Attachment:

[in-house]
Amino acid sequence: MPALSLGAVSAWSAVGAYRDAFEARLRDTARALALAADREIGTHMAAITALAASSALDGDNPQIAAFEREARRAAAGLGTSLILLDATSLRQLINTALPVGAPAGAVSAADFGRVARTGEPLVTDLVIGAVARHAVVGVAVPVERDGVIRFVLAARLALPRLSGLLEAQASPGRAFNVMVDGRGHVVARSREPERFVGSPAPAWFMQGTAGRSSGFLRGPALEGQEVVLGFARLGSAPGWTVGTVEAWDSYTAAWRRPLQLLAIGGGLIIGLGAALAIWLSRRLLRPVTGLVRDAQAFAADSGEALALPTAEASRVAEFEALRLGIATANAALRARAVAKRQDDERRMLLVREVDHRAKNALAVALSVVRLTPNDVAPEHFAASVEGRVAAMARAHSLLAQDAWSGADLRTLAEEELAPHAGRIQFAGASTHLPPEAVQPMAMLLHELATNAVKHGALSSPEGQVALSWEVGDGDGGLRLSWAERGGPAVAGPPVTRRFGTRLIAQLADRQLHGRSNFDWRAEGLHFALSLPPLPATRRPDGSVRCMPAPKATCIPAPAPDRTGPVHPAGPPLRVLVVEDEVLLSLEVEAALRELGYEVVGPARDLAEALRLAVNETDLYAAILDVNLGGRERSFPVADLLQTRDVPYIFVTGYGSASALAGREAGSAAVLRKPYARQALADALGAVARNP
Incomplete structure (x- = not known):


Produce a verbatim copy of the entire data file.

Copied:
[in-house]
Amino acid sequence: MPALSLGAVSAWSAVGAYRDAFEARLRDTARALALAADREIGTHMAAITALAASSALDGDNPQIAAFEREARRAAAGLGTSLILLDATSLRQLINTALPVGAPAGAVSAADFGRVARTGEPLVTDLVIGAVARHAVVGVAVPVERDGVIRFVLAARLALPRLSGLLEAQASPGRAFNVMVDGRGHVVARSREPERFVGSPAPAWFMQGTAGRSSGFLRGPALEGQEVVLGFARLGSAPGWTVGTVEAWDSYTAAWRRPLQLLAIGGGLIIGLGAALAIWLSRRLLRPVTGLVRDAQAFAADSGEALALPTAEASRVAEFEALRLGIATANAALRARAVAKRQDDERRMLLVREVDHRAKNALAVALSVVRLTPNDVAPEHFAASVEGRVAAMARAHSLLAQDAWSGADLRTLAEEELAPHAGRIQFAGASTHLPPEAVQPMAMLLHELATNAVKHGALSSPEGQVALSWEVGDGDGGLRLSWAERGGPAVAGPPVTRRFGTRLIAQLADRQLHGRSNFDWRAEGLHFALSLPPLPATRRPDGSVRCMPAPKATCIPAPAPDRTGPVHPAGPPLRVLVVEDEVLLSLEVEAALRELGYEVVGPARDLAEALRLAVNETDLYAAILDVNLGGRERSFPVADLLQTRDVPYIFVTGYGSASALAGREAGSAAVLRKPYARQALADALGAVARNP
Incomplete structure (x- = not known):